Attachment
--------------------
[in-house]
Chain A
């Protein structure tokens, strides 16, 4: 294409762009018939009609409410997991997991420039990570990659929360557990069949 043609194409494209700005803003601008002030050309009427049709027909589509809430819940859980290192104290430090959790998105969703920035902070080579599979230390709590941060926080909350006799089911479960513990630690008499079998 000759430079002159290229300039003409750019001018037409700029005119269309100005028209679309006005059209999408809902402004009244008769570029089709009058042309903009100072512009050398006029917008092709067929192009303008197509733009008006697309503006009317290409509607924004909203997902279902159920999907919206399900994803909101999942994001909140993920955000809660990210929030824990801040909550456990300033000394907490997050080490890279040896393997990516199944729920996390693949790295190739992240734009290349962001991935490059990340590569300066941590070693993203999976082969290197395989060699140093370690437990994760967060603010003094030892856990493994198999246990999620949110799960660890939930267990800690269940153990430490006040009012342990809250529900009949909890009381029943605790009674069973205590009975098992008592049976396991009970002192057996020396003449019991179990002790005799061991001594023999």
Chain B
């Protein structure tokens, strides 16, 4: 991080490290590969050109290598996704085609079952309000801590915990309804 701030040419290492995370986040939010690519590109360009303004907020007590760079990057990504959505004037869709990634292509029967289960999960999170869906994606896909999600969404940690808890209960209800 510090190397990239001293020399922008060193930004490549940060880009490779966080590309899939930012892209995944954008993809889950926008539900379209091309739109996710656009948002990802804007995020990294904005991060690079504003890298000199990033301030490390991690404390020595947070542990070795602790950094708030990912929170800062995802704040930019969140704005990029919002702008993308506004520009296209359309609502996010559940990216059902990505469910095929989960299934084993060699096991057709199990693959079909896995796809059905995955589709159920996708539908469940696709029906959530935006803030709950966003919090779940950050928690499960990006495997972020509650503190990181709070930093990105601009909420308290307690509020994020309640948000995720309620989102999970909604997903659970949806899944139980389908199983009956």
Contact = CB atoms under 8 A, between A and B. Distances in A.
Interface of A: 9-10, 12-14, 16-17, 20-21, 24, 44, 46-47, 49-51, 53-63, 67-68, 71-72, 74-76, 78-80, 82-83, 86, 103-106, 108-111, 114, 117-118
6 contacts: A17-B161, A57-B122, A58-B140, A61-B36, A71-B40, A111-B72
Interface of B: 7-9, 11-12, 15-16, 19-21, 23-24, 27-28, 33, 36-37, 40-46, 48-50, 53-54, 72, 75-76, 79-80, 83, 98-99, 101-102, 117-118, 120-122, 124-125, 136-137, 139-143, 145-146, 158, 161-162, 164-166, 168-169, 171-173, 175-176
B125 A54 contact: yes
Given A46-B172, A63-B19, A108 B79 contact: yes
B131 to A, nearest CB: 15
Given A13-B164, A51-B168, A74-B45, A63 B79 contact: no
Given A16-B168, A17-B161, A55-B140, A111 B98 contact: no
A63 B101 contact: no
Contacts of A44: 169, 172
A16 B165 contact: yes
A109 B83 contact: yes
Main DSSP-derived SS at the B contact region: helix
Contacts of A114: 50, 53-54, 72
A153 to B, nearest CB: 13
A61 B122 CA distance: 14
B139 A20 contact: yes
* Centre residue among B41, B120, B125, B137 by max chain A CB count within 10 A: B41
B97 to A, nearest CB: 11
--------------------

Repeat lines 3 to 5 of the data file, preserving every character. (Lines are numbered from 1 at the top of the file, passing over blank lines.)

């Protein structure tokens, strides 16, 4: 294409762009018939009609409410997991997991420039990570990659929360557990069949 043609194409494209700005803003601008002030050309009427049709027909589509809430819940859980290192104290430090959790998105969703920035902070080579599979230390709590941060926080909350006799089911479960513990630690008499079998 000759430079002159290229300039003409750019001018037409700029005119269309100005028209679309006005059209999408809902402004009244008769570029089709009058042309903009100072512009050398006029917008092709067929192009303008197509733009008006697309503006009317290409509607924004909203997902279902159920999907919206399900994803909101999942994001909140993920955000809660990210929030824990801040909550456990300033000394907490997050080490890279040896393997990516199944729920996390693949790295190739992240734009290349962001991935490059990340590569300066941590070693993203999976082969290197395989060699140093370690437990994760967060603010003094030892856990493994198999246990999620949110799960660890939930267990800690269940153990430490006040009012342990809250529900009949909890009381029943605790009674069973205590009975098992008592049976396991009970002192057996020396003449019991179990002790005799061991001594023999």
Chain B
């Protein structure tokens, strides 16, 4: 991080490290590969050109290598996704085609079952309000801590915990309804 701030040419290492995370986040939010690519590109360009303004907020007590760079990057990504959505004037869709990634292509029967289960999960999170869906994606896909999600969404940690808890209960209800 510090190397990239001293020399922008060193930004490549940060880009490779966080590309899939930012892209995944954008993809889950926008539900379209091309739109996710656009948002990802804007995020990294904005991060690079504003890298000199990033301030490390991690404390020595947070542990070795602790950094708030990912929170800062995802704040930019969140704005990029919002702008993308506004520009296209359309609502996010559940990216059902990505469910095929989960299934084993060699096991057709199990693959079909896995796809059905995955589709159920996708539908469940696709029906959530935006803030709950966003919090779940950050928690499960990006495997972020509650503190990181709070930093990105601009909420308290307690509020994020309640948000995720309620989102999970909604997903659970949806899944139980389908199983009956």